Computer work station with mnemonic keyboard

A work station for a computer terminal, or the like, comprises a display screen, a work document viewing area, and a keyboard which comply with five physiological functions (a quintad) to reduce the operator's strain. The keyboard and viewing area are angled with respect to the horizontal, and the keyboard comprises two sections angled with respect to each other. The angular excursions in horizontal and vertical directions are thus limited to be within physiological comfort limits. The keyboard is mounted for movement along the face of the screen to minimize the angular difference between the screen and keyboard and to allow the upper limit of the keyboard to become an underscore for any particular portion of the screen. The keyboard provides transverse surfaces for the keys and the space bar, respectively, to reduce strain on an operator's hands by providing for a natural "grasping" motion of the thumb toward the fingers. The two keyboard sections are angled to provide a relatively straight hand-wrist working orientation to reduce strain further. The keyboard is centerpeaked to lessen the amount of hand pronation into the horizontal plane and provides a generally vertical surface facing the operator into which may be incorporated a cursor control unit, other keys, or control devices which similarly allow for operation by the user's thumb in a grasping motion toward the fingers. Each end of the keyboard and the cursor control unit are designed as mnemonic ikons to lessen visual dependence upon these areas. The work document may be viewed directly, with optical magnification, or by electronic projection on the video display screen.

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This invention relates to the art of electronic apparatus, particularly apparatus for housing a display, a central processing unit, a keyboard, and a support for a working document.


Office equipment utilizing a video display and keyboard input is known. The widespread use of these devices has proven that, in may cases, severe physical strain results from their daily use. Many attempts have been made to reduce the strain cause by these devices by positioning the keyboard, display screen, and other associated components appropriately. None of these solutions has been completely successful.

U.S. Pat. Nos. 4,313,122 (Foster), 4,496,943 (Greenblatt), and 4,504,055 (Wells) show work stations wherein an input terminal is vertically below and horizontally in front of a video screen.

U.S. Pat. Nos. Des. 194,211 (Sanderson), 250,335 (Esslinger), 268,677 (Ohie) and 270,347 (Yomo) show various arrangements for consoles having video displays and keyboards.

U.S. Pat. No. 4,562,482 shows an executive work station wherein an attempt has been made to accommodate the requirements of a person wearing bifocal spectacles. U.S. Pat. No. 3,990,565 (Felton) shows a typewriter having an attachment for providing a keyboard in two sections.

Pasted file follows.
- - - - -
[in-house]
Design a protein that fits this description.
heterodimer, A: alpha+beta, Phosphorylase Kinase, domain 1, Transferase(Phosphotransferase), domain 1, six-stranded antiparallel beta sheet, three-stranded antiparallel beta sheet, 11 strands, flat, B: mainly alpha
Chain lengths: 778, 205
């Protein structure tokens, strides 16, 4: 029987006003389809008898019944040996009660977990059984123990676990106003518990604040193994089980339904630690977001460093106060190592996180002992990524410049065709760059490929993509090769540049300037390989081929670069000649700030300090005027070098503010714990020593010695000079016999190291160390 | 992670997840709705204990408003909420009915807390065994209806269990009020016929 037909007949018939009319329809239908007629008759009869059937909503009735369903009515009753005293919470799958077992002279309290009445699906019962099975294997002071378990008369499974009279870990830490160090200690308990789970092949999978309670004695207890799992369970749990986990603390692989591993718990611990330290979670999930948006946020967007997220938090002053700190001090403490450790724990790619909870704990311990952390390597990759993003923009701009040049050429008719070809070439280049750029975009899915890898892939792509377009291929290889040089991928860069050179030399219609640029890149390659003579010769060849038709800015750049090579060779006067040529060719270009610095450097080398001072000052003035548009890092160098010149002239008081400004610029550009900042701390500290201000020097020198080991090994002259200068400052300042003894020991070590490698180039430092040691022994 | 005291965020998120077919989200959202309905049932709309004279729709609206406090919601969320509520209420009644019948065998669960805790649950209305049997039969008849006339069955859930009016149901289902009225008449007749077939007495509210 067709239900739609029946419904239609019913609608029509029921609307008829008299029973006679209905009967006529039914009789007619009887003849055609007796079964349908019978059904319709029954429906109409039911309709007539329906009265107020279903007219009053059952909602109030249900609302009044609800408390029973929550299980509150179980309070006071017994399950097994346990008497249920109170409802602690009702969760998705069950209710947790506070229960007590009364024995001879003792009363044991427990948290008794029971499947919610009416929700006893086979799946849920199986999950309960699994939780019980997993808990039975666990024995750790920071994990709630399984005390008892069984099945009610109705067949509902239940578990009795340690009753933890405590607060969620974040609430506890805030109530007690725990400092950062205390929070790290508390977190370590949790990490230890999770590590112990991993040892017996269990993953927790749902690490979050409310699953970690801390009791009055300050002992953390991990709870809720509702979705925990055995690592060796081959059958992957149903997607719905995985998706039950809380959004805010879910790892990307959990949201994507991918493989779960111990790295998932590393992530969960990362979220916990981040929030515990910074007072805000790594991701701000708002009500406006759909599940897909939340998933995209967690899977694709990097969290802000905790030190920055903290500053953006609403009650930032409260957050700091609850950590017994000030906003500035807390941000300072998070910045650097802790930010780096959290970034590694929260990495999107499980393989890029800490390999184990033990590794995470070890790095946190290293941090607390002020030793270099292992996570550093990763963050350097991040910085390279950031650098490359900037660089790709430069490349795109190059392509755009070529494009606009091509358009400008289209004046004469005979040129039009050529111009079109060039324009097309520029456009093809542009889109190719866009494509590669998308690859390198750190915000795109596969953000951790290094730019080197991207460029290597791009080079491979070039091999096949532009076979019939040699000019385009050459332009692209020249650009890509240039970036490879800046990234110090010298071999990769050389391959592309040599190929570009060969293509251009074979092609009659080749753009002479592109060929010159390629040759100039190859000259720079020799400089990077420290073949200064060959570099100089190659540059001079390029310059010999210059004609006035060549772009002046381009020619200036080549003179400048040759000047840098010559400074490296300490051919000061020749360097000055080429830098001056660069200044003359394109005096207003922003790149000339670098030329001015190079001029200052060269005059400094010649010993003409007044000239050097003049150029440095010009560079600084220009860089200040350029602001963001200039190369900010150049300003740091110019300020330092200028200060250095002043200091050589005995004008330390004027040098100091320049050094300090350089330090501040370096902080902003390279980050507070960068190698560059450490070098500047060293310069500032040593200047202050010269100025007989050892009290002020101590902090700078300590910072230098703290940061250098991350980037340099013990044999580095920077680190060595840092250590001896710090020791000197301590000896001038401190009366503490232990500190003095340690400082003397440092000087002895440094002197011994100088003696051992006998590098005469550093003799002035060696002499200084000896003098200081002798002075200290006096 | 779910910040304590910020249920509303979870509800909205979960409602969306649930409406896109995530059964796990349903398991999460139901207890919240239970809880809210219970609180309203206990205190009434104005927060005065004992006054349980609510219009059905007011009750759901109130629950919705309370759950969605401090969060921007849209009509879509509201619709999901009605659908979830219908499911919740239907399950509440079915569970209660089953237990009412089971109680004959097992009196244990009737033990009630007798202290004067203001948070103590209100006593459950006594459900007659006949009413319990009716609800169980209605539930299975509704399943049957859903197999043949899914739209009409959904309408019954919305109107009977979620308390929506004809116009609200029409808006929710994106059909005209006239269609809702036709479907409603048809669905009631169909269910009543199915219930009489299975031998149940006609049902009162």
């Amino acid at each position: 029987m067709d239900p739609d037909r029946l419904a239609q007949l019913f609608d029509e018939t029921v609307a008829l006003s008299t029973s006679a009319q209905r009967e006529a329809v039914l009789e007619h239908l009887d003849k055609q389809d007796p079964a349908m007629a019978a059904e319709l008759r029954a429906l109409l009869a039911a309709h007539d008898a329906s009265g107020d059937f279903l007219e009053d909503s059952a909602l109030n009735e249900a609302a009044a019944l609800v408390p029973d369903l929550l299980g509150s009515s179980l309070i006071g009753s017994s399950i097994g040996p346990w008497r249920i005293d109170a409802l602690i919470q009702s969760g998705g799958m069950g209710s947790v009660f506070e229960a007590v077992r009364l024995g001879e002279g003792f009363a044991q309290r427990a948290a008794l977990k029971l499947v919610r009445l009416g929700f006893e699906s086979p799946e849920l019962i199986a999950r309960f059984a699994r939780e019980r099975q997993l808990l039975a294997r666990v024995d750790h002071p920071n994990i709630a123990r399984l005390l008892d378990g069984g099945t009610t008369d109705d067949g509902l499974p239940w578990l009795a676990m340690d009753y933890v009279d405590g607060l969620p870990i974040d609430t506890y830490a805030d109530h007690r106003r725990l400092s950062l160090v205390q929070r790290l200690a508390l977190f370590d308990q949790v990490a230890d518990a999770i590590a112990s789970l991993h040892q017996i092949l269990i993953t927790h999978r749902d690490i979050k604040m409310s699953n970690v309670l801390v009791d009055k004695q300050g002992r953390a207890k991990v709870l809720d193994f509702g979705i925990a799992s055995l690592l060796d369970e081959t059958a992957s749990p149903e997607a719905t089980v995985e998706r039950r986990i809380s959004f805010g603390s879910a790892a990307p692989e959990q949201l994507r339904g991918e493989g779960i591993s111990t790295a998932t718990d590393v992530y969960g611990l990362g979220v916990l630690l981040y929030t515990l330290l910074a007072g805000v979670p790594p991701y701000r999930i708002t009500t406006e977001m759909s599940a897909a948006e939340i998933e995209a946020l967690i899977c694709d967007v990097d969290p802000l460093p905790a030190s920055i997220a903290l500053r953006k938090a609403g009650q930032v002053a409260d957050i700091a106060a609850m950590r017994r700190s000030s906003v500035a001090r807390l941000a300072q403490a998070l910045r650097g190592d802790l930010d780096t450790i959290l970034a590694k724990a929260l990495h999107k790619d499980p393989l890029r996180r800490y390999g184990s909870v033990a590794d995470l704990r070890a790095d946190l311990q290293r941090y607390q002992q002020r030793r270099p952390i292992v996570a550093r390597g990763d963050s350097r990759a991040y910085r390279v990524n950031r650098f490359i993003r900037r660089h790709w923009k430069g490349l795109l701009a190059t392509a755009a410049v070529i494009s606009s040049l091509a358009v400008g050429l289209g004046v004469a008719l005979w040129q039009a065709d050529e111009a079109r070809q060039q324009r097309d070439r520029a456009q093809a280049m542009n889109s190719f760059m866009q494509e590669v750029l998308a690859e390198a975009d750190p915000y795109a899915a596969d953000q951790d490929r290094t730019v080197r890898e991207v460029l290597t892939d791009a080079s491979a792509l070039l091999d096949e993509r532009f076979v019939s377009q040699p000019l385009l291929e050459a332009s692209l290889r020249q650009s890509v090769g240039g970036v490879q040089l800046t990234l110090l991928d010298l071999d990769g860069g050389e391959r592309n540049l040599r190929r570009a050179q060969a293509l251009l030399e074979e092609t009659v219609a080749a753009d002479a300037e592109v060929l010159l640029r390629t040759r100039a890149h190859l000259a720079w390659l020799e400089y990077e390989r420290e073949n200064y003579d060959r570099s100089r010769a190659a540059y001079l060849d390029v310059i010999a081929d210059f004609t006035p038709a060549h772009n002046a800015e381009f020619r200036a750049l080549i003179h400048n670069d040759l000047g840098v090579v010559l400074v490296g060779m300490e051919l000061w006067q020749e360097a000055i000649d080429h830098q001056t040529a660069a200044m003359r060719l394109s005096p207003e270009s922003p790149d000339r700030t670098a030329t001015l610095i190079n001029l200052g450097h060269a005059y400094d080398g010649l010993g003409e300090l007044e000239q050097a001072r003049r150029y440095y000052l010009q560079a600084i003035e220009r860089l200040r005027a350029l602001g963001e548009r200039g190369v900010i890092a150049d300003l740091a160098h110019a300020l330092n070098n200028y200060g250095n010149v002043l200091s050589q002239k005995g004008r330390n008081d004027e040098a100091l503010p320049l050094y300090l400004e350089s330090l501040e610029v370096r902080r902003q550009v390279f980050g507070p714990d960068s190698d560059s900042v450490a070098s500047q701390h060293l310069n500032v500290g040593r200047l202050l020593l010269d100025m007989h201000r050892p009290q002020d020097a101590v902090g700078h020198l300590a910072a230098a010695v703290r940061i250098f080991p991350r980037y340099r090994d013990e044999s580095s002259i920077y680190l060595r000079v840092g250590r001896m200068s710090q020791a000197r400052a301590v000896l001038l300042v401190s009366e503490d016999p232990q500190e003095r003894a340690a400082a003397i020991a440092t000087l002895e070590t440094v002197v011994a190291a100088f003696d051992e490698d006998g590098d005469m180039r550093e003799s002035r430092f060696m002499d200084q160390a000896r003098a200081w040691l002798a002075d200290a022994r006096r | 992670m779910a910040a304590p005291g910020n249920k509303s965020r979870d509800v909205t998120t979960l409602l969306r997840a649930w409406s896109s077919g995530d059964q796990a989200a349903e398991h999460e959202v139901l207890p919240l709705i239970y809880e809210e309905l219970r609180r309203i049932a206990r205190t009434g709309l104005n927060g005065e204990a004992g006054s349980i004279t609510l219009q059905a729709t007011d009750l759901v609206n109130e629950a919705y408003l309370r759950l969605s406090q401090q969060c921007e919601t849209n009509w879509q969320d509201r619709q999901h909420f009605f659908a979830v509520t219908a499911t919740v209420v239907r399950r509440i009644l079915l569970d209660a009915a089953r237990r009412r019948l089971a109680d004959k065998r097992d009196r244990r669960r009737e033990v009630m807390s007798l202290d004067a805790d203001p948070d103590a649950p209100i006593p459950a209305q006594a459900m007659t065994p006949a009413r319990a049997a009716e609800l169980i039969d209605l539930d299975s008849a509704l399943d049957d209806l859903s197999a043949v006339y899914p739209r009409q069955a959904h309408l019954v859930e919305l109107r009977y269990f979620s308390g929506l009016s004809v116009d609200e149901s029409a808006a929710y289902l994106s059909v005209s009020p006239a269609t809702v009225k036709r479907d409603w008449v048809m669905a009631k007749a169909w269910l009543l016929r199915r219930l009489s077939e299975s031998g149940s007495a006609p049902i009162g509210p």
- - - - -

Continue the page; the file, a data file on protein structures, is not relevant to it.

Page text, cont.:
It is known that three ocular-neurological physiological functions are linked to form a "Near-Triad" when a subject is engaged in a task requiring the use of near vision, such as reading. These three functions are accommodation, convergence, and miosis. Accommodation is the focusing of the eye to form a clear image of the close subject, convergence is the angular relationship between the two eyes to observe that near subject, and miosis is a contraction of the pupils of the eyes.

Applicant has concluded that there are, in fact, two additional ocular-neurological physiological functions associated with a task at a close distance. These additional functions are the preferred depression of gaze and undesirable excyclotorsion which accompanies viewing targets which are both close to the observer and are placed relatively high in the visual field. The depression of gaze refers to the location of the work with respect to a horizontal line at eye level, and excyclotorsion refers to a rotation of the eyes about their anterior-posterior geometric axes. While the individual can override the depression of gaze component and thereby focus clearly on a near object having a high placement in the visual field, this commonly produces symptoms such as eyestrain, headache, nausea, motion-sickness. Neck and shoulder discomfort also eventuate because the individual will posture into a capitas-extension position (head tipped backward-chin elevated) as a means of allowing an artificial (or false) depression of gaze and minimizing excyclotorsion. The five factors may be referred to as a "near quintad."

One factor producing increased tension is that the typical word processing or personal computer keyboard has approximately 85 keys (or even more), compared with no more than 60 keys for a typewriter. An operator is required to look at these keys frequently because the locations of many of the keys are not automatically known, as are the locations of the alphabet keys. Also, many operations require the use of several unfamiliar keys simultaneously, such as "Alt-F5." Thus, the modern keyboard must be considered to be a tool having 85 or more choices for which the operator must repeatedly view the keyboard and then the screen to select one or more keys and to verify completion of an operation.